Cannabis in Migraine Treatment Study
(updated February 20, 2000)
On December 6, 1999, Dr. Ethan Russo, U. Montana, heard that NIDA's special review committee convened in November 1999 rejected his MAPS-supported, IRB-and FDA-approved protocol. He was informed that he will not be permitted to purchase marijuana from NIDA for his study. In February 2000 Russo received a letter from NIDA with a Summary Statement explaining the reasons for the review committee's rejection. The protocol was approved by the FDA in September 1999.
A press release was prepared by the Marijuana Policy Project, which has been lobbying against the new HHS guidelines for medical marijuana research which permit NIDA to create its own special review committee to review protocols that have already been approved by FDA and Institutional Review Boards. All that Dr. Russo and MAPS have been seeking is the ability to purchase low quality marijuana from NIDA at a price that has not yet been made public. The sad truth is that NIDA is still successfully blocking medical marijuana research.
We are currently reassessing how to proceed with efforts to conduct privately funded medical marijuana research. NIDA's monopoly control over the supply of marijuana that can be used in FDA-approved research projects highlights the important of MAPS' long-term effort to obtain permission from DEA to establish an independent facility to produce marijuana for FDA-approved research.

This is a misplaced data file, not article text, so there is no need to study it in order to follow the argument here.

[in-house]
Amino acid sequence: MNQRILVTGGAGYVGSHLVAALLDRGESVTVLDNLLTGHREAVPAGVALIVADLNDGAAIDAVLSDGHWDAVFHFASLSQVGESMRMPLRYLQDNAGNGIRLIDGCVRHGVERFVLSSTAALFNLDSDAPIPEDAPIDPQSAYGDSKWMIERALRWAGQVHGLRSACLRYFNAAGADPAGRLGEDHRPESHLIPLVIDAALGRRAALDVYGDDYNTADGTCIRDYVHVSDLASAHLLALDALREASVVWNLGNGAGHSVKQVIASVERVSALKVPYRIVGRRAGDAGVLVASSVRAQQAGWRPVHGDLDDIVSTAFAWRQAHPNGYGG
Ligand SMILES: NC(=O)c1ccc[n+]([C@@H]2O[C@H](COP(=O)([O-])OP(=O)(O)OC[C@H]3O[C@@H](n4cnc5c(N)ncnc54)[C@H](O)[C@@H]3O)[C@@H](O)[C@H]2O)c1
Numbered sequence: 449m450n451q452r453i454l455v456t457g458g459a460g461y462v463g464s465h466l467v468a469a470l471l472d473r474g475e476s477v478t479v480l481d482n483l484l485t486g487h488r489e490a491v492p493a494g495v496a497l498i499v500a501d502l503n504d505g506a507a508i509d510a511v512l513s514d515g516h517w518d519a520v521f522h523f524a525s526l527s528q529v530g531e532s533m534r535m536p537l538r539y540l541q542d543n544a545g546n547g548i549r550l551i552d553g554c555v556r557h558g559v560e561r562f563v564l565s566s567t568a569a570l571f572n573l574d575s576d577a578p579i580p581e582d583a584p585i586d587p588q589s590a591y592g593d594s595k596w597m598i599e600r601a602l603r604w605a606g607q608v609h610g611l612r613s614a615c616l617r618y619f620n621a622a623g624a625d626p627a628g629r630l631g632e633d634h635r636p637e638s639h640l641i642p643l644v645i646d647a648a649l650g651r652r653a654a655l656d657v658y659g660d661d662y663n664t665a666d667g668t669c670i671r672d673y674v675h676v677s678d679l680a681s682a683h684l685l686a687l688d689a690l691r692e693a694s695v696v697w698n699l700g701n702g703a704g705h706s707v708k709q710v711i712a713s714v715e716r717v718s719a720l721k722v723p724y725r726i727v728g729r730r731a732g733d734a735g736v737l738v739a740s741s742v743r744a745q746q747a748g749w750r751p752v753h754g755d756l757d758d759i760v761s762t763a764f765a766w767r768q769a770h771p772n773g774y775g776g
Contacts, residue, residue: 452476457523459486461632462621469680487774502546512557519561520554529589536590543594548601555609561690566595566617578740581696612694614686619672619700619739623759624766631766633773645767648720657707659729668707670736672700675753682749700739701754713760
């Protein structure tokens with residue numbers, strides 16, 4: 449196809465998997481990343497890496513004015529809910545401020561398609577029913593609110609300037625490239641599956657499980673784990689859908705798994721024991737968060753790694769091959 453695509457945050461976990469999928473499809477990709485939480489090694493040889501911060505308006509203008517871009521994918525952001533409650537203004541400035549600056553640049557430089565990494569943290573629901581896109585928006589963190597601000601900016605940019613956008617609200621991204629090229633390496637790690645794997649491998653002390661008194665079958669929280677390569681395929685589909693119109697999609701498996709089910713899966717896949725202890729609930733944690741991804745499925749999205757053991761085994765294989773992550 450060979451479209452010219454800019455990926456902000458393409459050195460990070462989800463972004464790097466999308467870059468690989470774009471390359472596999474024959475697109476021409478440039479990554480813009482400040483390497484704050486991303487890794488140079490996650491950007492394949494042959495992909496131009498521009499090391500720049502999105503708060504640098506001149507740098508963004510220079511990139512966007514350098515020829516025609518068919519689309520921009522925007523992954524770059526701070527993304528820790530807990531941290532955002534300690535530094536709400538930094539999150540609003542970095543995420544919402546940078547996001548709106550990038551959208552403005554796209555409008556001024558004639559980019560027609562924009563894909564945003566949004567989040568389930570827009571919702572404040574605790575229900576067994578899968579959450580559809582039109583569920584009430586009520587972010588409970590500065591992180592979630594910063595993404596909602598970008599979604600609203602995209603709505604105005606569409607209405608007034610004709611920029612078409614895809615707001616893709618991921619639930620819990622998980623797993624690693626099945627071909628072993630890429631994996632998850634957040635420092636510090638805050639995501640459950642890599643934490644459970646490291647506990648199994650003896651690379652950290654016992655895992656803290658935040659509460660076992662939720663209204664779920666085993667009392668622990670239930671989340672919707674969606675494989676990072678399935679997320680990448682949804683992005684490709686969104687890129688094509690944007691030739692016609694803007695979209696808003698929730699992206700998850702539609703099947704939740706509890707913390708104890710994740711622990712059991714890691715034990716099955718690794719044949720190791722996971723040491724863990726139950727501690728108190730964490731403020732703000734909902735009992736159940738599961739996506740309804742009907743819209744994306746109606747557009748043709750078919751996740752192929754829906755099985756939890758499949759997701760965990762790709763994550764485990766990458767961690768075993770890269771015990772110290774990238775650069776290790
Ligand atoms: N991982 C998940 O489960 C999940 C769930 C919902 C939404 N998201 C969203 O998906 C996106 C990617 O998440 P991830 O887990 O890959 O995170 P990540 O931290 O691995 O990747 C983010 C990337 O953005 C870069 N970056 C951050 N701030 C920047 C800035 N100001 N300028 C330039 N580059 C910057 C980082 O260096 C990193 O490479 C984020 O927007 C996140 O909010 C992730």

While Dr. Russo is seeking to study cannabis in the treatment of migraines, he has discussed patient reports and biological studies that suggest a variety of psychedelics could also be helpful to patients with migraines and cluster headaches. Read commentary
About this protocol
In the Spring of 1997, with the aid of a $3,500 grant from MAPS, Dr. Ethan Russo submitted a research proposal to the National Institutes of Health (NIH). The design of this study was for 30 patients meeting criteria of acute migraine with or without aura, and in whom treatment with subcutaneous sumatriptan has been ineffective or poorly tolerated.
NIH Rejects First Application for Cannabis in Migraine Treatment Study
Second Application Denied
The formal NIH critique of this second application was prepared in January 1999. The reviewers focused in large part on an issue that cannot be resolved and that has nothing to do with the scientific merit of the protocol design, the supposed need for preliminary data to supplement extensive historical and anecdotal reports. Dr. Russo's response to the critique describes why he initially decided to not attempt a third application to the NIH to study cannabis for migraine.
Migraine Protocol Finally Critiqued by FDA
Cannabis in Migraine Treatment Project Close to FDA Approval
FDA Approves Investigational IND for Cannabis in Migraine